Other physicians are looking toward the burgeoning hospitalist model -- either as a career change or as a way to take control over their time in the practice they're in. Gorman points out that the hospitalist setting tends to be somewhat less paperwork-intensive -- "and it's more satisfying, from what we've heard from physicians."

Chambers' practice uses hospitalists with good results. "I don't think it's efficient to do rounds in the morning and try to handle things during the day while you're seeing patients in your office and then try to go back and discharge somebody at night."

Another possibility is to expand your practice to include so-called "alternative medicine." It has the potential to add income (many payers now cover treatments such as acupuncture) as well as a new outlook toward treating patients.

According to Lake, it can be "very gratifying to get out of the standard medical model of when the body breaks down, we do something to fix it -- and instead to look at the body's innate capacity to heal. That has been a big revitalizer for a growing group of physicians ... [adding] a little more creativity and connection with the patient."

She points out that what's considered alternative has changed over the years. "When I was training, cardiac rehabilitation was considered to be a fringe-y thing without any true basis for us to believe in it. Now look at it. It's a totally accepted part of cardiac care."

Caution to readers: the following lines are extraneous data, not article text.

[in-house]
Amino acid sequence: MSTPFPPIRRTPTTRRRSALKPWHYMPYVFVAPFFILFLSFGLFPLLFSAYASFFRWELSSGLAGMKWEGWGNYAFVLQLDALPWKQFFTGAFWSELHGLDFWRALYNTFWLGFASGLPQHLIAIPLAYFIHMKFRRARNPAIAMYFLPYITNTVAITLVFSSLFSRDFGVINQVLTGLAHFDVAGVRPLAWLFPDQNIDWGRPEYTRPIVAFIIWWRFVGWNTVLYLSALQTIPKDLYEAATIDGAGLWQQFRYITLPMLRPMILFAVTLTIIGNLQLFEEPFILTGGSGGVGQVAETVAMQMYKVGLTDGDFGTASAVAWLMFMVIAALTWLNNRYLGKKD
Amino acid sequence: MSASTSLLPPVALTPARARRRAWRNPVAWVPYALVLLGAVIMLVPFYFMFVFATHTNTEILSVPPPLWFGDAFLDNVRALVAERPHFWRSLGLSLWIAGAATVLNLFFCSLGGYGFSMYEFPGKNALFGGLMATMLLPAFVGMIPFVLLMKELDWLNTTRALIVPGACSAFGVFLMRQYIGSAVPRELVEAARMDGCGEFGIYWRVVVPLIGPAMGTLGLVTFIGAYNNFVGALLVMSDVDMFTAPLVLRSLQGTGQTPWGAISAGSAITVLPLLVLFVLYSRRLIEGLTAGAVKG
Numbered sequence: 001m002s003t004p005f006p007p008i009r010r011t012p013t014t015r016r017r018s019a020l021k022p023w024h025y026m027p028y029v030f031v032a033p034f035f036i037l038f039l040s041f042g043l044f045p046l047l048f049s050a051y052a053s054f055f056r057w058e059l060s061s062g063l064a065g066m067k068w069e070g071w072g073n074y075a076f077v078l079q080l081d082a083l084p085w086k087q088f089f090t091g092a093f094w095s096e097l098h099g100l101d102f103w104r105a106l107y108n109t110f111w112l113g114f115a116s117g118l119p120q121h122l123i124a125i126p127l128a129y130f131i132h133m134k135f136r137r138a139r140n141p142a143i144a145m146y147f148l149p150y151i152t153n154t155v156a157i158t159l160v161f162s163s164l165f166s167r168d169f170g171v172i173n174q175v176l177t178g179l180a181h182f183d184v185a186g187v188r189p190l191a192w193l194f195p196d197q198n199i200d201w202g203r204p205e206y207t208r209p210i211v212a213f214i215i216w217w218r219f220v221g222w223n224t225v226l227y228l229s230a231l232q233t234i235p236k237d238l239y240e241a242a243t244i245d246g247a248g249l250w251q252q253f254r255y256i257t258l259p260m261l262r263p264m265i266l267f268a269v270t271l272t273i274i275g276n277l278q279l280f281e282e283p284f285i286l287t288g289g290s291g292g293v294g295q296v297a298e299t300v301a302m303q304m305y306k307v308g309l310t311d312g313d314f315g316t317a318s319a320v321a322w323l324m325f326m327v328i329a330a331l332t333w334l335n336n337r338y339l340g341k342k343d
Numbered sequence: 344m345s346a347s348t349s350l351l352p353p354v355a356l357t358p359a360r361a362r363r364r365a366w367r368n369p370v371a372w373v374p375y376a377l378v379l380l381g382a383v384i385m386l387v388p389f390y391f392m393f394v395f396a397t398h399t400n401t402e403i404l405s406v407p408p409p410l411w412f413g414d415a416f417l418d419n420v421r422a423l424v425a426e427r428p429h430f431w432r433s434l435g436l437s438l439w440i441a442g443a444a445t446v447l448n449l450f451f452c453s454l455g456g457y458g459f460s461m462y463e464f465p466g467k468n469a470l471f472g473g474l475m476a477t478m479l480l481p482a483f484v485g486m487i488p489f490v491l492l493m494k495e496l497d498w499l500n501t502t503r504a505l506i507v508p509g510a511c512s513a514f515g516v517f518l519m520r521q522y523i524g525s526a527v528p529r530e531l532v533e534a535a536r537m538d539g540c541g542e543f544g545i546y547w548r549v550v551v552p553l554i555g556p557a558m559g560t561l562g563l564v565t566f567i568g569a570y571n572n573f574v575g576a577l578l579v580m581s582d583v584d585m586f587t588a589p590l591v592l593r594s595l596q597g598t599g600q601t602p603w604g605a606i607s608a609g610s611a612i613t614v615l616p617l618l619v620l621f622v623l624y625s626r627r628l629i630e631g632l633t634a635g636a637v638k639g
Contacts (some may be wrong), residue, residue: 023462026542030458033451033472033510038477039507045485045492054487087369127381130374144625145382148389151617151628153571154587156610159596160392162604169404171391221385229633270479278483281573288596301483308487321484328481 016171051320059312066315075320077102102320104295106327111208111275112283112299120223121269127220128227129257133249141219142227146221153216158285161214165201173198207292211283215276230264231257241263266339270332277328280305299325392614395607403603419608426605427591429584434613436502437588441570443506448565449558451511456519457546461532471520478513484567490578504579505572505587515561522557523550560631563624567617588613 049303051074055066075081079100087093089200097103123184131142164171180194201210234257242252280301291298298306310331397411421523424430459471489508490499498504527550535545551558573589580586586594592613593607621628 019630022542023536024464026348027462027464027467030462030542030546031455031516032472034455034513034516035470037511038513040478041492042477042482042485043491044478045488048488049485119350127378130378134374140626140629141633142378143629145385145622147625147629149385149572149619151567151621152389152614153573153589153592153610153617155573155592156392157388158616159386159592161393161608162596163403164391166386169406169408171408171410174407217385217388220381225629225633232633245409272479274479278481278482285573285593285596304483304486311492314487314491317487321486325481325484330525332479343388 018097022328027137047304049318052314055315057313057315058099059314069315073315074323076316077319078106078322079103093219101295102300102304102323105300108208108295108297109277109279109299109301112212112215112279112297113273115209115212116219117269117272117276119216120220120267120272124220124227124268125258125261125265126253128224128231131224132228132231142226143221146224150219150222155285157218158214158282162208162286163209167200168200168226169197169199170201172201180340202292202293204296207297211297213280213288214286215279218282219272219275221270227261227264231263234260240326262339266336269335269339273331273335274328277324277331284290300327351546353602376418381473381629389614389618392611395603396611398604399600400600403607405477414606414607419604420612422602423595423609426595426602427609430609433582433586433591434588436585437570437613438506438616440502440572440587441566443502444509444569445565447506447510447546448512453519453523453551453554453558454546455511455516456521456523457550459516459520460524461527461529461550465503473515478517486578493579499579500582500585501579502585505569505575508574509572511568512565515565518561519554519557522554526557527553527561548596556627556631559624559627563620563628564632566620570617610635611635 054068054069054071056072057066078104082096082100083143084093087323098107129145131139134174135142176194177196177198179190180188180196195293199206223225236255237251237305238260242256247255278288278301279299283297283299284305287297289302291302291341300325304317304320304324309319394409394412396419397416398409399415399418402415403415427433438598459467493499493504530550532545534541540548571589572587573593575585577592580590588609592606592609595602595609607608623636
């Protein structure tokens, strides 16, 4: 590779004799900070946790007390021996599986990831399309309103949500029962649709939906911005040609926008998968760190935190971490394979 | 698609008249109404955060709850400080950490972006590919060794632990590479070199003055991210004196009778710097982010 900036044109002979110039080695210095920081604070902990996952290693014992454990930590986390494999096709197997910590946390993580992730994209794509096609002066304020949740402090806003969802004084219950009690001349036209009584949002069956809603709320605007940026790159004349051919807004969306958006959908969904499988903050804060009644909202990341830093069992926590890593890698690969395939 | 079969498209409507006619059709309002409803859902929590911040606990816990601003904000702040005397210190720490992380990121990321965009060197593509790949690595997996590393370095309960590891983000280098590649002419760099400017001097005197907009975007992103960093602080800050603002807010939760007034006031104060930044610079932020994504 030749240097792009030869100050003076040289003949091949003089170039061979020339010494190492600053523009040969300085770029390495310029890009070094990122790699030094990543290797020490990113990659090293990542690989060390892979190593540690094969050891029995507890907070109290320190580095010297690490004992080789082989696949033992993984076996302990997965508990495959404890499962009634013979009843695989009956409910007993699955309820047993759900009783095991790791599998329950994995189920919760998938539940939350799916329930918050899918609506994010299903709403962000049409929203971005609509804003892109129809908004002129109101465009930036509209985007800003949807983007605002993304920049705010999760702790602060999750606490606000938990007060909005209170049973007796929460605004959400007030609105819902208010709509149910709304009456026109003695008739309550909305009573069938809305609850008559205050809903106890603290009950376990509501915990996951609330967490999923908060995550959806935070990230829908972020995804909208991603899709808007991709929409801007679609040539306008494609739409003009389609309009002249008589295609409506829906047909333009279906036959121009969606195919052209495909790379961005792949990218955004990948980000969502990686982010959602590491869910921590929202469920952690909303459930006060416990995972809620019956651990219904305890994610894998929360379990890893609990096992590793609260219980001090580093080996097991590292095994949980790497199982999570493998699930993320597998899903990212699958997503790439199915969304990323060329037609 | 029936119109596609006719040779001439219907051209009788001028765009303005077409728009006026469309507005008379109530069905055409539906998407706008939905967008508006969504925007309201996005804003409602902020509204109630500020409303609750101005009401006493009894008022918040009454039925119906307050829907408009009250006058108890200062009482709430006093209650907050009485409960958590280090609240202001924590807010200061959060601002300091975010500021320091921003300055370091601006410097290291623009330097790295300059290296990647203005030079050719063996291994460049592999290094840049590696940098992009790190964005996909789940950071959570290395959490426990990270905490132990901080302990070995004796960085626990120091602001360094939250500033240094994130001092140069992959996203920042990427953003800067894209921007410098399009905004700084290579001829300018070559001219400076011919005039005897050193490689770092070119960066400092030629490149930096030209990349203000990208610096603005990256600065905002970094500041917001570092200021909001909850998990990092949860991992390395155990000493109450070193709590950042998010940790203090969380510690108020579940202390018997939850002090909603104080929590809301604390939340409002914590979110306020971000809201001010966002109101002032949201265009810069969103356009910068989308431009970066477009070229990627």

And whether you believe alternative therapies can be beneficial or that they are a sham, more patients are demanding them. The National Center for Complementary and Alternative Medicine of the National Institutes for Health reports that in 2002, 64 percent of adults in the U.S. reported using "any complementary or alternative medicine" in the preceding 12 months.

"Patients are leading the way," says Lake. "The model is changing, and without [physicians'] participation."

Making choices

Whatever you do to achieve a healthy balance between your professional and personal lives is going to involve making some decisions about what's really important to you. Think about your work habits and what kinds of changes you could make --personally and as a practice -- to make your work more gratifying.

Set aside time for yourself -- schedule it as you schedule patients, if you need to -- for exercise, a hobby, time with your family, or whatever you need to do for a more balanced lifestyle. And give some real thought to your financial needs -- is it possible to forgo some income in exchange for time for yourself and your family?

"It's very possible to make a good living in medicine and have a job that you love. You have to pay attention to what your personal priorities are," says Nickol.


"Most physicians love what they do," says Lake. "If that's the case, they can recapture that. But not without some experimentation."

Joanne Tetrault, director of editorial services for Physicians Practice, last wrote about practice marketing techniques in the May issue. She can be reached at
jtetrault@physicianspractice.com.

This article originally appeared in the July/August 2004 issue of Physicians Practice.